Further, an application by Equestrian Sport Productions to host the World  Equestrian Games of the seven international sports of dressage, driving, endurance, eventing, jumping, reining and vaulting plus para dressage in 2018 may have to be pigeonholed for a second time. Political uncertainty was cited in the first cancelation of a formal application and the same environment again throws into doubt the ability of ESP to meet requirements by the International Equestrian Federation (FEI) to host an event that would bring more than 500,000 spectators and have an economic impact on Palm Beach County of well over $200 million.

Locally, though, year round use would enable free use by charities as well as a riding club and officially sanctioned competitions in a covered arena capable of accommodating at least three full size dressage arenas in South Florida’s steamy tropical summers.

A vote favorable to GDF would have meant that organizers could apply to build permanent structures such as additions to 200 stables constructed for the first dressage season in 2012 and a VIP pavilion. GDF operated for the first two years–2012 and 2013–with temporary permits and has already been awarded provisional permits for 2014.

The two equestrian festivals that combined make up the largest horse show in the world and longest running have been dovetailed over the same 12-week period in 2014, holding events on more than 30 competition and warmup arenas all with Olympic quality footing within the sprawling equestrian show complex.

The spark for the festering and expensive controversy that has embroiled Wellington was an ambitious plan by Wellington Equestrian Partners to construct a five-story condominium hotel and retail complex at the same time as the dressage facilities were being built on the GDF grounds.

The plan was approved by the Wellington government council three years ago.

Shortly thereafter two new members were elected to join a councilman opposed to the project and the new majority overturned the approvals. A series of lawsuits and charges of corruption followed.

The Wellington show organizers shelved plans for the hotel and the retail plaza but the dressage grounds were largely complete and they moved forward with the lawsuits. The cost to taxpayers of fighting the legal challenges forced the government into negotiating a settlement.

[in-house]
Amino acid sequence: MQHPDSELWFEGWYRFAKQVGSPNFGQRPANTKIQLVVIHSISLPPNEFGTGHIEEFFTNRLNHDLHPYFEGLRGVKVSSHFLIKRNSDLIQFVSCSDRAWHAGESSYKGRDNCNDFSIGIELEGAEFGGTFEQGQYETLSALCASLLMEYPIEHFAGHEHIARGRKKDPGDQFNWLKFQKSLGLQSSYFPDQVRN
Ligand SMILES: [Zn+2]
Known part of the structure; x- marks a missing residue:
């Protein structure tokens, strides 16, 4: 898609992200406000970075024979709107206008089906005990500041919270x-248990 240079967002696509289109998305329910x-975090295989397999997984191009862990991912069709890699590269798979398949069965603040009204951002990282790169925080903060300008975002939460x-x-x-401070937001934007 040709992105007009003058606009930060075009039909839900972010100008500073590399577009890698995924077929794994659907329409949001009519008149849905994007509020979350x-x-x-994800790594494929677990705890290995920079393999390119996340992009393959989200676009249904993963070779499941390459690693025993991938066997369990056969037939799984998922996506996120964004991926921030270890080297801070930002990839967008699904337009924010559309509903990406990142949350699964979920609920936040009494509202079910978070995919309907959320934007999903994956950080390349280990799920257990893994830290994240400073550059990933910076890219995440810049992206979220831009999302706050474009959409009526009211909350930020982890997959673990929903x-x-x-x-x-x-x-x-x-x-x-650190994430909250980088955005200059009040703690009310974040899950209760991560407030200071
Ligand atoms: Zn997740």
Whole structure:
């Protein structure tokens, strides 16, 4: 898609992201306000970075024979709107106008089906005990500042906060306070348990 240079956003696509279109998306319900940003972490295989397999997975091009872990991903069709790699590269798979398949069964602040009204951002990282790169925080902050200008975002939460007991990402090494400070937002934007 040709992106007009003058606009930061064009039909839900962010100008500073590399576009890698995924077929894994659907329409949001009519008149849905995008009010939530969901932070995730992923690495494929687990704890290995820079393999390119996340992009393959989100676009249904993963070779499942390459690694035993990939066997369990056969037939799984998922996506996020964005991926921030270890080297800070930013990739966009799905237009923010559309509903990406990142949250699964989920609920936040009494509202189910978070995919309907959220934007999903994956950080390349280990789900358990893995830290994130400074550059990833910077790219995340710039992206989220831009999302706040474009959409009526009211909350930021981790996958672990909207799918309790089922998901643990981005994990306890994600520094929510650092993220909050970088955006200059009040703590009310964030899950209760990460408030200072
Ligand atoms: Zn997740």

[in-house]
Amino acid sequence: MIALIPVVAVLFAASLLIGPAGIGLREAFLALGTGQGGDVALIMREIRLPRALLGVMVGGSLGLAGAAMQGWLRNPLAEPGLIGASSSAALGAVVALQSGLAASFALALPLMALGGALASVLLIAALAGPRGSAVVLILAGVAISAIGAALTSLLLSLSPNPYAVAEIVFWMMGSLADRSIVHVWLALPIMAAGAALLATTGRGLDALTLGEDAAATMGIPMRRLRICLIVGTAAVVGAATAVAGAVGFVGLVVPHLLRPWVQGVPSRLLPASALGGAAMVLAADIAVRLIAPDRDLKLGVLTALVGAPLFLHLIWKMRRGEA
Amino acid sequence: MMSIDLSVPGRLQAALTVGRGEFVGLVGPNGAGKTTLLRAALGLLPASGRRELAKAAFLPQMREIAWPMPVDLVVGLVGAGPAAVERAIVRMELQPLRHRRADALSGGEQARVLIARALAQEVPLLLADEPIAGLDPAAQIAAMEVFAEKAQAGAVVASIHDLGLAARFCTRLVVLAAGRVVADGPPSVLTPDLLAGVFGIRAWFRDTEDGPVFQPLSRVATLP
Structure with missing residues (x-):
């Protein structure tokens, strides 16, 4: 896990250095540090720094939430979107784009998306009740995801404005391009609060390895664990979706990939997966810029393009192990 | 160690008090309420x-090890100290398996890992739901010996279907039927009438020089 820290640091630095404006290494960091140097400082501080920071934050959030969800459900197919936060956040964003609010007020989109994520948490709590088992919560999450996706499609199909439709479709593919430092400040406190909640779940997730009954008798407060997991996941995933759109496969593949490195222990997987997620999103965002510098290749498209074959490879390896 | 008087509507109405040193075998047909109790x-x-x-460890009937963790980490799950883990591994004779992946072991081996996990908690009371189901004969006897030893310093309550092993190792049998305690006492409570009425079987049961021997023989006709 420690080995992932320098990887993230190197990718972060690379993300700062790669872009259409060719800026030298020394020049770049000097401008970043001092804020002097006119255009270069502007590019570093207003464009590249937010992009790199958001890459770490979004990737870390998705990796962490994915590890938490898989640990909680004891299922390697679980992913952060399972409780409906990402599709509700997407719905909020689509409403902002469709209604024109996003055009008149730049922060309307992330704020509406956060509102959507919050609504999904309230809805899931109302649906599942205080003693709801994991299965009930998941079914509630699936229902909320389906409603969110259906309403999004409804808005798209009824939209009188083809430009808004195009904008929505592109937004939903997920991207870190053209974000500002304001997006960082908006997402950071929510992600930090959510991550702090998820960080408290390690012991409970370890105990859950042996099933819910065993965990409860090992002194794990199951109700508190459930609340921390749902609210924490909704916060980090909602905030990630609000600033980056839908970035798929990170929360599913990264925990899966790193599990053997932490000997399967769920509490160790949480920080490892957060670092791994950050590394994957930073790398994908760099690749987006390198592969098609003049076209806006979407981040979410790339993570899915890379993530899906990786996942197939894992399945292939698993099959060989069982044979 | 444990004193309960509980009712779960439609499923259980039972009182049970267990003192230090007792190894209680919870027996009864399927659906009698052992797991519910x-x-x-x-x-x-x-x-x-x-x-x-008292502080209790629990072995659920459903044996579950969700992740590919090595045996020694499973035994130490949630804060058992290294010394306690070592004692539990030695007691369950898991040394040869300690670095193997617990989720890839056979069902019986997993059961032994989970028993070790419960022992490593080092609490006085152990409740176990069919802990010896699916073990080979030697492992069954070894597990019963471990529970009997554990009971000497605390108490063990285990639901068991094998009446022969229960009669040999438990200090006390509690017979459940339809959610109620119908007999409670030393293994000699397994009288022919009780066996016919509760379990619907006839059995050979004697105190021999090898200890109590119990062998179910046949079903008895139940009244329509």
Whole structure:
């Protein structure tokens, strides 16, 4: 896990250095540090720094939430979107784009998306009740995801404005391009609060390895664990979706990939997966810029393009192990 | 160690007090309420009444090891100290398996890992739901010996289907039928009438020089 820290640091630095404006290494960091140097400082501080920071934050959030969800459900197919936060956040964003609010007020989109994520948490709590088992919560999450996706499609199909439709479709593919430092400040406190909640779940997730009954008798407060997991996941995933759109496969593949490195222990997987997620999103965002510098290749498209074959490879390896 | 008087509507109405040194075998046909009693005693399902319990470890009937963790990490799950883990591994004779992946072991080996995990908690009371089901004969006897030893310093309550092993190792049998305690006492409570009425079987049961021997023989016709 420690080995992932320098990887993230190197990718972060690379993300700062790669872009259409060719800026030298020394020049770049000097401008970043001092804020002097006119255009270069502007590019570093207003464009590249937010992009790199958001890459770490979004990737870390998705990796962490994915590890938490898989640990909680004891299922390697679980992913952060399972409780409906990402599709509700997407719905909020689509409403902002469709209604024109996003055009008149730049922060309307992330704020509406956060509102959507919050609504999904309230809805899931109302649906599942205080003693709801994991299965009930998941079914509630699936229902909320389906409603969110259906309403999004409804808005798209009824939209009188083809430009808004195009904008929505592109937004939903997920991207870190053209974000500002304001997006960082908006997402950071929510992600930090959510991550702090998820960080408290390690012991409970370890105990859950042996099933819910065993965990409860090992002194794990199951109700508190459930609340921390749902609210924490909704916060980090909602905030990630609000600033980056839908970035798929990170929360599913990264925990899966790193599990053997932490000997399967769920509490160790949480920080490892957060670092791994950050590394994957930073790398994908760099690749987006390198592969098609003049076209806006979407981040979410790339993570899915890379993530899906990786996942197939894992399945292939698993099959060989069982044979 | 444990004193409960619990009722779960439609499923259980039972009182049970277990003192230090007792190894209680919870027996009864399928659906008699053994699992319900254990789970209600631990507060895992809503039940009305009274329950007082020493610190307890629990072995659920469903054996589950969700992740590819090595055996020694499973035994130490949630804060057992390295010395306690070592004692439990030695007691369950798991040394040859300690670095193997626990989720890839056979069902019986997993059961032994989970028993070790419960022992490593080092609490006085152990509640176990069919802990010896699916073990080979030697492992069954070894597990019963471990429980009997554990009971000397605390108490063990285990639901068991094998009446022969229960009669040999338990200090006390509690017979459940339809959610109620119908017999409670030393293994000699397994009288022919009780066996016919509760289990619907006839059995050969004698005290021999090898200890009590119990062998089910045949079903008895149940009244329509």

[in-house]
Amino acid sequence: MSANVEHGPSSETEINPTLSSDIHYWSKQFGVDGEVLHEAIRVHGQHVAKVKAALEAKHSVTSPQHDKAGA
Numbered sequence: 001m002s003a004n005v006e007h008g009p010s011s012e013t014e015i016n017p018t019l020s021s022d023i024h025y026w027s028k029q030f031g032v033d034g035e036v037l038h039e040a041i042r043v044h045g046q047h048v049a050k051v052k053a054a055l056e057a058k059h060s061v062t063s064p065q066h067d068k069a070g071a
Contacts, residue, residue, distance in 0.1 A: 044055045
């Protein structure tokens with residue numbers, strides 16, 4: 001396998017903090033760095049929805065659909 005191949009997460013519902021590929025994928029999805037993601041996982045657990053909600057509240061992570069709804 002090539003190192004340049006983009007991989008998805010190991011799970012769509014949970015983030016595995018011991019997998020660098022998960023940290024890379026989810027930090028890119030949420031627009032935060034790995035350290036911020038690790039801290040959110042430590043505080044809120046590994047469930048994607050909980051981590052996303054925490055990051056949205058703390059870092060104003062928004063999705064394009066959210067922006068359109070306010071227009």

During the two nights of hearings, a procession of spectators that packed the 200-seat meeting hall, spoke in support of development of the 59-acre (24Ha) venue into the world’s leading dressage show venue. All but a handful of the 60 spectators who spoke out stressed their support for vehicle acess separate from the spectator entrance that is off a busy four-lane road.

Among them was six-time Olympian Robert Dover and Kimberly Boyer, who funded the covered arena in the name of her father, the late renowned U.S. financier Robert Van Kampen.

Janne Rumbough, a Danish immigrant and an amateur Grand Prix rider who lives on Palm Beach but has her horse farm in Wellington a few hundred yards/meters from the GDF grounds, drew loud support when she said she had organized the first dressage competition on the same grounds when they were the centerpiece polo fields in Wellington in 1979.

Even some residents in nearby homes who had opposed the show grounds over concerns about noise, bright lights and odors from stables when the six outdoor dressage arenas, 200 permanent stables and the covered arena were first built two years ago said it was time to end the divisiveness in the community of about 60,000 residents 17 miles (27km) inland from storied Palm Beach island.

However, an attorney for the Jacobs family that bankrolled the election campaign of three of the five council members to fight the dressage grounds voiced objections to the acess on the road that runs by the Jacobs estate. The meeting was told that the street has no sidewalks in front of the Jacobs property despite a requirement and that frequent speed bumps have been placed on the taxpayer-owned road, unlike other streets in Wellington that have no speed bumps.

The Jacobs lawyer insisted that every vehicle whether for spectators or horse and vendor trucks use the same access and not be allowed an access on the same street where the Jacobs farm is located.